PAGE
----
What I usually need from a VCS is what SVN would offer if creating a new repository was a bit more expedient.


Pretty exactly where I am coming from. I never really understood the hype about git, and especially not the trashtalking SVN got in the process -- SVN pretty much hit my sweet spot, and in some regards I am using it as inspiration for improvements (e.g. 'svn info', which git has no equivalent for at all, and 'svn blame' which is readable while 'git blame' is not).

Quote:
...tag...


I am thinking hard about this one, and am currently considering to suggest using SVN's approach for tags instead of 'git tag': Just create an appropriately-named branch...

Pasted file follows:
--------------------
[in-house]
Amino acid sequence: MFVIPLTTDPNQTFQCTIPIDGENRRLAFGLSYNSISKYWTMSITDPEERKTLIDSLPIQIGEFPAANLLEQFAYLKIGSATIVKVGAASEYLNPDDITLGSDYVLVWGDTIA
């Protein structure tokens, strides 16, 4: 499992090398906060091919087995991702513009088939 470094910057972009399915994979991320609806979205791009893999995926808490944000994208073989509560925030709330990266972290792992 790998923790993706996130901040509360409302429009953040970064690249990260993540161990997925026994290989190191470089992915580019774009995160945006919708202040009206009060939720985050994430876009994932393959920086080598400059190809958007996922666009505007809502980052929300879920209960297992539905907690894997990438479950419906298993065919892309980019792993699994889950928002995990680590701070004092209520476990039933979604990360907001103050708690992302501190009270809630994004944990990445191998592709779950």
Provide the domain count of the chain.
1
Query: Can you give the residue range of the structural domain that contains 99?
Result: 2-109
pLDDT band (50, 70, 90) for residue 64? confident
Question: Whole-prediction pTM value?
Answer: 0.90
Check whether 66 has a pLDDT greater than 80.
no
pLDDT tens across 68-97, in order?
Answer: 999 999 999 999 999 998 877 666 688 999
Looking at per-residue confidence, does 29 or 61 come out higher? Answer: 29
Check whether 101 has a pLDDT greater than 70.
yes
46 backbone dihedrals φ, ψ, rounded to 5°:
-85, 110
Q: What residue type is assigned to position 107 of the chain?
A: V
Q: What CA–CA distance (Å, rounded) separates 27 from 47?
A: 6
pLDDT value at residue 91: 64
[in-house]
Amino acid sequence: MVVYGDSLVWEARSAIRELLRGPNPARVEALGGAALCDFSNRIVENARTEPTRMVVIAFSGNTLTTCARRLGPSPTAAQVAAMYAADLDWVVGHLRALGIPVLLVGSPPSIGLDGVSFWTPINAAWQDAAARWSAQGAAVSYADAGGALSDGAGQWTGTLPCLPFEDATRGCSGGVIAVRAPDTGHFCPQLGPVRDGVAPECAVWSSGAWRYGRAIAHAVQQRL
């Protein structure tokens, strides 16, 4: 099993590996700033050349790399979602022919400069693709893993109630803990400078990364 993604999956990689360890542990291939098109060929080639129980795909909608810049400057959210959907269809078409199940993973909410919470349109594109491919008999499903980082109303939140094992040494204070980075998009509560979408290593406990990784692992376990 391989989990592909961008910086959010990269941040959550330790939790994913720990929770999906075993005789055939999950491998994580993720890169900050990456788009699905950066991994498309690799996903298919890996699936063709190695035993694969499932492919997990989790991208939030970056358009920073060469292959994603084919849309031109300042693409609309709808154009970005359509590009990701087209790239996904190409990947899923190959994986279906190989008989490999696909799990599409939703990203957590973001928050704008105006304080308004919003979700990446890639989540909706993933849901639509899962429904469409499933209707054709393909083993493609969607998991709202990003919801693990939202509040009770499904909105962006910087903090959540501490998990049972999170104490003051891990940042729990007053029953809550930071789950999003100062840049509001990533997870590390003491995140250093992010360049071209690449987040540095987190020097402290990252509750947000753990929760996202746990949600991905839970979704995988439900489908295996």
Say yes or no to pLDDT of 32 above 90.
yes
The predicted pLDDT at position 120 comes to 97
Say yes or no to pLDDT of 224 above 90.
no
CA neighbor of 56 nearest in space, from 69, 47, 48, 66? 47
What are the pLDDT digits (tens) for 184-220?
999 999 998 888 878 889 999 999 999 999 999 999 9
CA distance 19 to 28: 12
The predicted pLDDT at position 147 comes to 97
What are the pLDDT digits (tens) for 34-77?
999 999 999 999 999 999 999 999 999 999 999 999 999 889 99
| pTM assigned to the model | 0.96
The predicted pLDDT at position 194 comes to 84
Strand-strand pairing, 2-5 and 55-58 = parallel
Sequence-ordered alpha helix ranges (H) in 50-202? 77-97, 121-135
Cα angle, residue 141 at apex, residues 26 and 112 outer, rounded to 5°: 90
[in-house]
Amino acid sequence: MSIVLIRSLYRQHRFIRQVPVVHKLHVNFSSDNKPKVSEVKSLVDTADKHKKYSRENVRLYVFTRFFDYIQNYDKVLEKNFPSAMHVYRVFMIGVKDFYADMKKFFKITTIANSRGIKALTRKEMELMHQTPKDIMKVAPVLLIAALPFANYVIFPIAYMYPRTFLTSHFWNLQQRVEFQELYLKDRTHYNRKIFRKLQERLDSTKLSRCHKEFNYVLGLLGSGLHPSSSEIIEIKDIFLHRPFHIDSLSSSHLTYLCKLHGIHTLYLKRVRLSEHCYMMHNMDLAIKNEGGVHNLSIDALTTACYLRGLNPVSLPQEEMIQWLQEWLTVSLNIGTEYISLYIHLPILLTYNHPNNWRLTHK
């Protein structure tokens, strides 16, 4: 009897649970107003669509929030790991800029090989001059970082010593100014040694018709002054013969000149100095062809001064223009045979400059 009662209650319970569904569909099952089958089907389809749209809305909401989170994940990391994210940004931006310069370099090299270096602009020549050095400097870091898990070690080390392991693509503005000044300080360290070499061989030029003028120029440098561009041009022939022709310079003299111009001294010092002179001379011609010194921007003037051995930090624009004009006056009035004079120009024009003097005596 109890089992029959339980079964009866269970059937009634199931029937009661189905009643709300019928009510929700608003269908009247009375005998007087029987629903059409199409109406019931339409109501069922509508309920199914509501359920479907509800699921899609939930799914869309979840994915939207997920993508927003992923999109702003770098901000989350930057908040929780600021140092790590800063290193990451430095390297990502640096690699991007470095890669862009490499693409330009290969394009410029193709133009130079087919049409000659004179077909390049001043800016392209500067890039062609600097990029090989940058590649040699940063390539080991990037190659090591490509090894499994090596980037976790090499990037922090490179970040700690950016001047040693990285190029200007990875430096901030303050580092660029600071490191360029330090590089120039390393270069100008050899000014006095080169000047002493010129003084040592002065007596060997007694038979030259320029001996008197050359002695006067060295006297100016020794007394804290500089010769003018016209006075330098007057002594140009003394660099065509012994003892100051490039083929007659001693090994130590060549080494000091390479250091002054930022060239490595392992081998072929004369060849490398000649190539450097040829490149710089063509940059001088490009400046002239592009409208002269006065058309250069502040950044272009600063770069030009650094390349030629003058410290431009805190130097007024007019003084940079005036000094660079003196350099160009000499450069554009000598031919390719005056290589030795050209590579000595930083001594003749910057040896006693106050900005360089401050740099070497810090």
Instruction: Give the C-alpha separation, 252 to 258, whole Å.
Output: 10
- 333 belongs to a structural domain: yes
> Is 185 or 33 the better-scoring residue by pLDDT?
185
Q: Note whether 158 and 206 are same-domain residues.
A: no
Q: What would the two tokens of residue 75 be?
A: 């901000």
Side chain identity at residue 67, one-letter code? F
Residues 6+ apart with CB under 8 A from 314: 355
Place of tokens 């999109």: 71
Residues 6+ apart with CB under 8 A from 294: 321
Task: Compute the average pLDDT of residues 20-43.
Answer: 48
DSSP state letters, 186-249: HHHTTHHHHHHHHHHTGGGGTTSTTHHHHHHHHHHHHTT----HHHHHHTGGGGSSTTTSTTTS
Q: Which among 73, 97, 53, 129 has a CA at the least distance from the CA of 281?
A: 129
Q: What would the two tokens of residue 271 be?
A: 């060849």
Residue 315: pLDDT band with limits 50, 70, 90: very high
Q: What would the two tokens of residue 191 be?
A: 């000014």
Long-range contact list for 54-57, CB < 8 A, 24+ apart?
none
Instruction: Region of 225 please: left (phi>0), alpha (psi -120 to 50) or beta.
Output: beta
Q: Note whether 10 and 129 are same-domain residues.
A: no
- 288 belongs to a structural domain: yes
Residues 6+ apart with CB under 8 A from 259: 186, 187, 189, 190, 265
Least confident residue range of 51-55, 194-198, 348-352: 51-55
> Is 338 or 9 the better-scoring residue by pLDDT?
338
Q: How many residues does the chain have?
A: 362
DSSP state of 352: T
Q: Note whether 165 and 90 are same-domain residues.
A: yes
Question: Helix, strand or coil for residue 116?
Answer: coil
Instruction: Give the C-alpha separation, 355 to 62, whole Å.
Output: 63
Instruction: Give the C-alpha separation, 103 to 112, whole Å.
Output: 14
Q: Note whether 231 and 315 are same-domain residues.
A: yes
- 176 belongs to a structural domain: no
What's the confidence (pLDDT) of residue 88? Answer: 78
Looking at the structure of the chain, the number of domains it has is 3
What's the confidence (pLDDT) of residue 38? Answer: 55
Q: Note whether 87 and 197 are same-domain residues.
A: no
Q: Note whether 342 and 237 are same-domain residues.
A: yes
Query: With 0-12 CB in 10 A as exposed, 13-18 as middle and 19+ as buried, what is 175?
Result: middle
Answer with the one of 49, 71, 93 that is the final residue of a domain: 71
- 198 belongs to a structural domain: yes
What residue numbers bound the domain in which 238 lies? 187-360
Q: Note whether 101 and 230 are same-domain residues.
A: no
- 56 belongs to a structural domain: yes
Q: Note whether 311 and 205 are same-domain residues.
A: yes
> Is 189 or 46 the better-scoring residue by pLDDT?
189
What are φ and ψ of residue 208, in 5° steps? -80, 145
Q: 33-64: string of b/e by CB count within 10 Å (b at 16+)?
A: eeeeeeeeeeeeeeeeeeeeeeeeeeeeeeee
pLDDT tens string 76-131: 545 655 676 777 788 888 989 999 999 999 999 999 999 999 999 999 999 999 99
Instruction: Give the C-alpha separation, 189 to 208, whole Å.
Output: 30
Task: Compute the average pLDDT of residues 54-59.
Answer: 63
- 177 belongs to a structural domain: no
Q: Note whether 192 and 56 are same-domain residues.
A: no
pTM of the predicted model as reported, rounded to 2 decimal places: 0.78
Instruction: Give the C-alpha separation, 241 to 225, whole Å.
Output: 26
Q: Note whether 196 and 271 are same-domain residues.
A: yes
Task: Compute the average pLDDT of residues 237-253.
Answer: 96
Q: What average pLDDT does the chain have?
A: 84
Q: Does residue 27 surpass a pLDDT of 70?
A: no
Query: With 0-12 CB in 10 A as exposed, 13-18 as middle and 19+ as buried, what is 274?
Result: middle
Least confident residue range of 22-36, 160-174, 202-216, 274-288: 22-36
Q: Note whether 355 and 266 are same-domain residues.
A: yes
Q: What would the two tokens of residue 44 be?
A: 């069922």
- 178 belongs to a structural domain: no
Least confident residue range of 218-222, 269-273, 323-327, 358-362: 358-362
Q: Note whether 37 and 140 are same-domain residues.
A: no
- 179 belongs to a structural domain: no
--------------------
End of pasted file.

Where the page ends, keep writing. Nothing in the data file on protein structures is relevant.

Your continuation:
Quote:
Even the ability to have multiple remotes I don't need all that often. Hell, I have lots of repos on my disk right now that have no remote at all.


I was wondering if that (multiple remotes) is a scenario people are actually using. Virtually all environments I've seen so far use a very classic approach with one single repo that everyone is cloning from and done with.

Quote:
One thing I dislike about git is how it handles deleted branches...


Another bit of valuable advice. I positively despise the casual way in which git makes outright deletion of information possible, indeed part of its workflow. My idea for this wrapper is to allow for local modifications any which way, but once it's public, it's public, and should not be tampered with. That, to me, is the whole idea of version control: Always being able to walk back on the timeline.

Korona wrote:
Regarding the OP's question: I regularly use "git commit --fixup" / "git rebase -i --autosquash" to prepare commit series before publishing them.